Let’s say team A does their email marketing with Mailchimp. They use Facebook Creator Studio for IG & FB posts. Their sales team created a really cool CRM in Notion. And their customer service team uses Zendesk for customer support.
That’s four tools for managing four platforms. Not to mention logging into the actual platforms. Not the most effective use of resources, if you consider the subscriptions and the learning curve for each. Plus, your teams would need to learn how to navigate four different platforms vs. just one ecosystem.
In this blog, we’re breaking down our favorite benefits of the HubSpot Salesforce integration — plus, the top three downsides you may encounter, and how to combat them for a smooth-sailing CRM.
3 benefits of the HubSpot Salesforce integration
A full-picture view of your prospects' & customers’ journey
The main benefit of using the HubSpot Salesforce integration is that it provides end-to-end functionalities. You can manage content marketing, sales functions, and customer service all through the integration, which effectively breaks down the silos most B2B teams struggle with.
In fact, many teams choose the HubSpot Salesforce integration when launching a RevOps strategy because of this full suite of features. Approaching your integration with RevOps in mind also enables you to make better use of the integration from the start — because you’ll come to the table with a clearer idea of how you want workflows and other elements to work in order to serve the greater purpose.
Better sales-marketing alignment for a seamless CX
Piggy-backing off of the previous point, an integrated approach to your marketing, sales, and customer service makes your users’ experience much more positive.
On its own, Salesforce is a powerful sales tool — but it’s lacking in the marketing and customer service departments. HubSpot’s Marketing Hub and Services Hub fill these gaps for full client-facing functionality.
At a glance, your teams can easily access your prospects’ entire journey, from the first website visit to customer support tickets, without ever having to leave the platform. This helps them work more efficiently and provide a better experience, so your users won’t bounce around looking for an answer or getting useless “solutions” whenever they need help.
More accurate reporting
Aligning your marketing, sales and customer service also allows you to better evaluate performance and prioritize the resources and initiatives that are actually impactful.
Plus, HubSpot’s comprehensive reporting means you can automate data collection, so your teams have everything they need on easy-to-use dashboards instead of having to fish around for specific metrics. This means smarter business decisions, better results, and a better way to grow your business based on your objectives.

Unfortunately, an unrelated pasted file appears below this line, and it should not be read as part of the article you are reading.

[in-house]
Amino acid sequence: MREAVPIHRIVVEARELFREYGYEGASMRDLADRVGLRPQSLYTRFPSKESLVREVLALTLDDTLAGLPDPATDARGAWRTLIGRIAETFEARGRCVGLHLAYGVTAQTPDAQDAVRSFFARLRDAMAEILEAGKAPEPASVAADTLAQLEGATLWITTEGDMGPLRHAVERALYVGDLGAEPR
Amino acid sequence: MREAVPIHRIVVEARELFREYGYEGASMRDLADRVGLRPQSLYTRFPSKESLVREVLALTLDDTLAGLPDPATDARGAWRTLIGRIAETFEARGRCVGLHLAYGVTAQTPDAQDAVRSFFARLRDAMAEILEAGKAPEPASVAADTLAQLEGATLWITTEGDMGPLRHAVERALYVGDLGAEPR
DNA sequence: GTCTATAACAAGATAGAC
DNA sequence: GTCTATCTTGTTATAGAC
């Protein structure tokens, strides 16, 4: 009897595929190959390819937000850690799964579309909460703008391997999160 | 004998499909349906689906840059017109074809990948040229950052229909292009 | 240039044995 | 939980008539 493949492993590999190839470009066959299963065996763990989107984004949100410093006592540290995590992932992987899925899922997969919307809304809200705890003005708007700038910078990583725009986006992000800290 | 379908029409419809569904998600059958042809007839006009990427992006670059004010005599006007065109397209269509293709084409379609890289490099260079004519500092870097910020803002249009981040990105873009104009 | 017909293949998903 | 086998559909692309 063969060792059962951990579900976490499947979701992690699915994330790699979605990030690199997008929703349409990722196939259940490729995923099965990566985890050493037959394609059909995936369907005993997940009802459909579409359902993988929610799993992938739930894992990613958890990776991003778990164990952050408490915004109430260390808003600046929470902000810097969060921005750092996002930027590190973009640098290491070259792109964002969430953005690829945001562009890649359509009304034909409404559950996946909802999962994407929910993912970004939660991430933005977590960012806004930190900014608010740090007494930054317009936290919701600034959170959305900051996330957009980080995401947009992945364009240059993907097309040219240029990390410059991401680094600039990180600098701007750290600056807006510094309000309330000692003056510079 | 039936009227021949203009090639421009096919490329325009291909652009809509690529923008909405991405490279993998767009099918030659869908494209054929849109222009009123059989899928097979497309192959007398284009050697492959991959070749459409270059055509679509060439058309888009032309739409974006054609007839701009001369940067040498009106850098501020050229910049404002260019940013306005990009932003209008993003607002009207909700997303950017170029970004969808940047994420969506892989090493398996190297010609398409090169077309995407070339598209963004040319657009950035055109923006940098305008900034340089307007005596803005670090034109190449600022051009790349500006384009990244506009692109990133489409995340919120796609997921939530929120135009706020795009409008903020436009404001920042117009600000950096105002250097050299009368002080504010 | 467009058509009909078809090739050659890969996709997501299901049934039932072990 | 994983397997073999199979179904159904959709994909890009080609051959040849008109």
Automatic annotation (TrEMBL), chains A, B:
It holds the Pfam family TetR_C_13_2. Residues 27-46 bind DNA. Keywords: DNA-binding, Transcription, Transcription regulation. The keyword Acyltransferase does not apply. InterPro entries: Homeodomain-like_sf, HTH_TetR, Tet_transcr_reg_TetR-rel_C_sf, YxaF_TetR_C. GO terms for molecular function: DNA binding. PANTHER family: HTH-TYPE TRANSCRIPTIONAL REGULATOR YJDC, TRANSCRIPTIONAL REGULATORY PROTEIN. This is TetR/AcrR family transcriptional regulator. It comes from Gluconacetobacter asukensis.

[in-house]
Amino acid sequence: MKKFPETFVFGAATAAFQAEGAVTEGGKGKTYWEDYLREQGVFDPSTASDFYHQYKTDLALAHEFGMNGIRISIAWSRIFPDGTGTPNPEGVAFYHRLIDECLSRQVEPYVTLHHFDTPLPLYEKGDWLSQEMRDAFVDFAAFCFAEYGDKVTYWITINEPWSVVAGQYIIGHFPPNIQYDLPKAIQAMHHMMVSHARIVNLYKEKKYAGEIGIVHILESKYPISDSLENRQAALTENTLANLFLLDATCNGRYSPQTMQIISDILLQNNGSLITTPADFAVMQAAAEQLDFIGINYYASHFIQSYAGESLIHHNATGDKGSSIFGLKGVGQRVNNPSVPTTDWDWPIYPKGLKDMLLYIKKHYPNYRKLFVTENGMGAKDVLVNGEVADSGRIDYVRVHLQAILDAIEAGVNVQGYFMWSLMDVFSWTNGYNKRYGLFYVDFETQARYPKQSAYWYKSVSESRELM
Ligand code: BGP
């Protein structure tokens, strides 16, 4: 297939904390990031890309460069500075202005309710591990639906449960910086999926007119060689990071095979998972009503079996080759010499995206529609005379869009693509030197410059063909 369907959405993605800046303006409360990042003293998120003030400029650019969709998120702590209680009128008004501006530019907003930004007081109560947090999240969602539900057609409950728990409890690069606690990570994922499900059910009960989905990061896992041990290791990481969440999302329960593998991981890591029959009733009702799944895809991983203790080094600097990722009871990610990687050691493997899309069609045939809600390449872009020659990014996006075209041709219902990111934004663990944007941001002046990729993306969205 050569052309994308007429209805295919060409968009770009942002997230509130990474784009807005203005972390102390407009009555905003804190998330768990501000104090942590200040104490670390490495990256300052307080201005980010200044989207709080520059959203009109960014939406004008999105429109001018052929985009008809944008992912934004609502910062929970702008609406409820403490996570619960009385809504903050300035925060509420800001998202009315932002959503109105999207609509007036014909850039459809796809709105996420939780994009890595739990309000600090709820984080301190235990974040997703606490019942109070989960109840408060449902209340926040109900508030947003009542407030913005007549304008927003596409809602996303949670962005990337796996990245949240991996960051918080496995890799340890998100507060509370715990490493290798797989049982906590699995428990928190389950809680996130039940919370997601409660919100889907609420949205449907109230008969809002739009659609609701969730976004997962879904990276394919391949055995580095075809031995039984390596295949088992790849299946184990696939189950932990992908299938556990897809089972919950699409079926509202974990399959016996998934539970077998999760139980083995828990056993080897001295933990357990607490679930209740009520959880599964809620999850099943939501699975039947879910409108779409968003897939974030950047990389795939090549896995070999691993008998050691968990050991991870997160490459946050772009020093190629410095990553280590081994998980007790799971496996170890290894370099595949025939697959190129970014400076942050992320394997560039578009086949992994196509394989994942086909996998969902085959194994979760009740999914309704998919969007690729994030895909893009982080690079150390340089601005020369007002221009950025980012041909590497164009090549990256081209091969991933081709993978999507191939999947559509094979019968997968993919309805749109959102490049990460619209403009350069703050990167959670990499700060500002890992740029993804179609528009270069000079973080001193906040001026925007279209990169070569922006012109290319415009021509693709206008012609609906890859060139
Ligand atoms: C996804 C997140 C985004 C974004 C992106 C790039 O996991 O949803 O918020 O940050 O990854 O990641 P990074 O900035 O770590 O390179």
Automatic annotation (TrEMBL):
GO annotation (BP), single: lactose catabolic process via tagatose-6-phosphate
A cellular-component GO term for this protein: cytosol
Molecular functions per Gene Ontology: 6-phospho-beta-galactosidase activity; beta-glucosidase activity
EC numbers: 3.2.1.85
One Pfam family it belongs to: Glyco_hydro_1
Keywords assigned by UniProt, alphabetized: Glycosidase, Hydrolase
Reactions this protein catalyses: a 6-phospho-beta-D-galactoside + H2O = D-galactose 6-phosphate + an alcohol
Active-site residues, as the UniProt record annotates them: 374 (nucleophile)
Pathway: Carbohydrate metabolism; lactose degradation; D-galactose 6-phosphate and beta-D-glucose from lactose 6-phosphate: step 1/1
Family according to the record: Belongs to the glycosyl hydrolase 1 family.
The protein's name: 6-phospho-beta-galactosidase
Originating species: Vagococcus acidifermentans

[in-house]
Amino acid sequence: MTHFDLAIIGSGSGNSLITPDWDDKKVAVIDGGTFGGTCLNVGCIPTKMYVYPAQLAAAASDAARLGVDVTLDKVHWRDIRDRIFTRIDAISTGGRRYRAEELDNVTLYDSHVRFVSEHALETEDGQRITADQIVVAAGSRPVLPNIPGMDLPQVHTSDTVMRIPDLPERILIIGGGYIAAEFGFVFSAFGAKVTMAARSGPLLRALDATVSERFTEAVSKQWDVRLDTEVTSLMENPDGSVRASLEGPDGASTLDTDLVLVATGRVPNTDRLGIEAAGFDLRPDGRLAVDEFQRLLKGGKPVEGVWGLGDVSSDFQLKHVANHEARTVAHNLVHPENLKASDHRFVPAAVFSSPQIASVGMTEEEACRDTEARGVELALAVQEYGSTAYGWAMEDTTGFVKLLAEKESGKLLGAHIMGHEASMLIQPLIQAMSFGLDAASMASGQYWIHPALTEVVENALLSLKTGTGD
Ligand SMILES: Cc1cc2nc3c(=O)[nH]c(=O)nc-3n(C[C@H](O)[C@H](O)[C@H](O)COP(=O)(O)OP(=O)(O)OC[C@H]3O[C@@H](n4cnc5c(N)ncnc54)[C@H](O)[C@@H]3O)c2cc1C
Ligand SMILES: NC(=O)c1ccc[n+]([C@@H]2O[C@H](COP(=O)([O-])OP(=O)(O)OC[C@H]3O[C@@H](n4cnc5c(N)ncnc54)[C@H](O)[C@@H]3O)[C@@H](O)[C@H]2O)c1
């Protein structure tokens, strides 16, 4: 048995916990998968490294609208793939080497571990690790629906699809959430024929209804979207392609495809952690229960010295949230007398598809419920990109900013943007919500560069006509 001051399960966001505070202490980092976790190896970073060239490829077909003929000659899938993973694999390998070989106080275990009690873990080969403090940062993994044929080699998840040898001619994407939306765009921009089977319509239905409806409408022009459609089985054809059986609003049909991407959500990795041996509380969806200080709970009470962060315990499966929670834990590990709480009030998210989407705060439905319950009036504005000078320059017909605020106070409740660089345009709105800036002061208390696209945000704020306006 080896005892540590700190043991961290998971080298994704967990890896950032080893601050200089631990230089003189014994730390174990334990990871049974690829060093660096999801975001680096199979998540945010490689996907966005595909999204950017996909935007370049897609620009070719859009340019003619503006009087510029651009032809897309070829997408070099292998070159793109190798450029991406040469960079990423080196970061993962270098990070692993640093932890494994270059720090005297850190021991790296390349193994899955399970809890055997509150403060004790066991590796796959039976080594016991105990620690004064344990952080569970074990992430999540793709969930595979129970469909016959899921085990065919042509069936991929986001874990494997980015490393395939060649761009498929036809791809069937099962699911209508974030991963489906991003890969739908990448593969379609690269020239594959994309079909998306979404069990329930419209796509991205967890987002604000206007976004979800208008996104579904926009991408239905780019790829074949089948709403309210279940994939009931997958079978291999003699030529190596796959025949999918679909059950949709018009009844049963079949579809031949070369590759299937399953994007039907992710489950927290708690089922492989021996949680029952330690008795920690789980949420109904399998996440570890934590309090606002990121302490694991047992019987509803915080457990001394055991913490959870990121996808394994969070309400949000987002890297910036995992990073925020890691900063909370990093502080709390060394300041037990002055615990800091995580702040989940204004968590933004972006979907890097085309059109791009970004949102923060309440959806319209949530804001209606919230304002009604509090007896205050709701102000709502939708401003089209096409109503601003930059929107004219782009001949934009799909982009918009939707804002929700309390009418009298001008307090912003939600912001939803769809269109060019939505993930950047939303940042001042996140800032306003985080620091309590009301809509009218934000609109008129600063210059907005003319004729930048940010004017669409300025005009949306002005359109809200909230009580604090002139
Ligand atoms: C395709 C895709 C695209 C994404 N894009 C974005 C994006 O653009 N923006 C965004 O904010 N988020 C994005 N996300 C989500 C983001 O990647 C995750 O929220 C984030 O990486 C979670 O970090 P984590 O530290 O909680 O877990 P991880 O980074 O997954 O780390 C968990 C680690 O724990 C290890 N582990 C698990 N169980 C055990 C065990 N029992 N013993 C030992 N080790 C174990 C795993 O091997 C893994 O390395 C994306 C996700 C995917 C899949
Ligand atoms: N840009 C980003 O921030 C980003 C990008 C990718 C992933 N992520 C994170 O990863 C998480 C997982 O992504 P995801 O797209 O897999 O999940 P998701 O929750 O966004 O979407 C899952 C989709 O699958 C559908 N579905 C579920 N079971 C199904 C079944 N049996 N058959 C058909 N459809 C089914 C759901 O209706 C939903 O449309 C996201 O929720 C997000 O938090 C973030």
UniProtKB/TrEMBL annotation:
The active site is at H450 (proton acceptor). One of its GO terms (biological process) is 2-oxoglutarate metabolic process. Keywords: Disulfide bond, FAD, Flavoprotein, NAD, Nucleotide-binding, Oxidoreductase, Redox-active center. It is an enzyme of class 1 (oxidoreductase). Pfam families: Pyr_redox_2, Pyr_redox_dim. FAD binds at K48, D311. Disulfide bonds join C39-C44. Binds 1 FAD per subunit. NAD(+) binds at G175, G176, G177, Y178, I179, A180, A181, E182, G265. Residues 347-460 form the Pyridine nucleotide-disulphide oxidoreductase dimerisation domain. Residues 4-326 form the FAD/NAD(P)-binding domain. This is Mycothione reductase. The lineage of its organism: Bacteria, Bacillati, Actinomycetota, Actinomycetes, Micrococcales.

The downsides of the HubSpot Salesforce integration
A steep learning curve
The HubSpot Salesforce integration is no-code. But still, it is marketing technology. There are many steps and factors to keep in mind, like admin roles, data backups, workflows and sequences, etc. And a faulty setup may result in sync errors and other, more complicated problems down the line.
Plus, not every team has the time or resources to devote to learning the ins and outs of the integration. This creates dependency in many cases, with companies relying on third-party vendors to keep their systems running, which limits what they can achieve internally.
There are also different naming conventions between the platforms. Ie, a contact in HubSpot is anyone who’s engaged with you (HubSpot creates a contact form the first engagement, like filling out a form), but in Salesforce, there are both contacts and leads, with contacts being the prospect, and leads being the qualified contact. Another example is the campaign — which in HubSpot, means a collection of assets related to a specific marketing effort, whereas, in Salesforce, it means a group of leads or contacts who get a specific marketing communication. So anyone running your integration needs to remember both systems’ terminology.
HubSpot has a comprehensive academy, resources library and knowledge base to help you manage your CRM and integrate both platforms. And Salesforce has Trailhead, a community and learning center with plenty of resources for DIY admins.
HubSpot and Salesforce, and thus, the integration, come with a significant investment depending on the size of your organization. In general, the more contacts you have and the higher level of sophistication you want, the more you can expect to pay.
One way to keep your costs efficient is by prioritizing the features your team needs, the ones that’d be nice to have, and the ones you can do without, as you choose which plan to sign up for.
Another way to cut costs is by cleaning up your data and reducing the number of irrelevant contacts and accounts before you set up. Reducing the record volume in your CRM also leads to increased engagement and more effective marketing and sales analytics, so it’s a win-win all around.
When you use HubSpot alone, emails are listed as timeline events in your deals. This isn’t the case when you use Salesforce. Similarly, file attachments from Salesforce opportunities don’t make their way to HubSpot via native integrations, so you’d have to use a custom integration or a one-time migration via API to achieve this. And Salesforce cases are another sync limitation, as they won’t sync with HubSpot tickets.
While none of these would necessarily be a deal breaker, they’re worth considering depending on how you use data in your organization.
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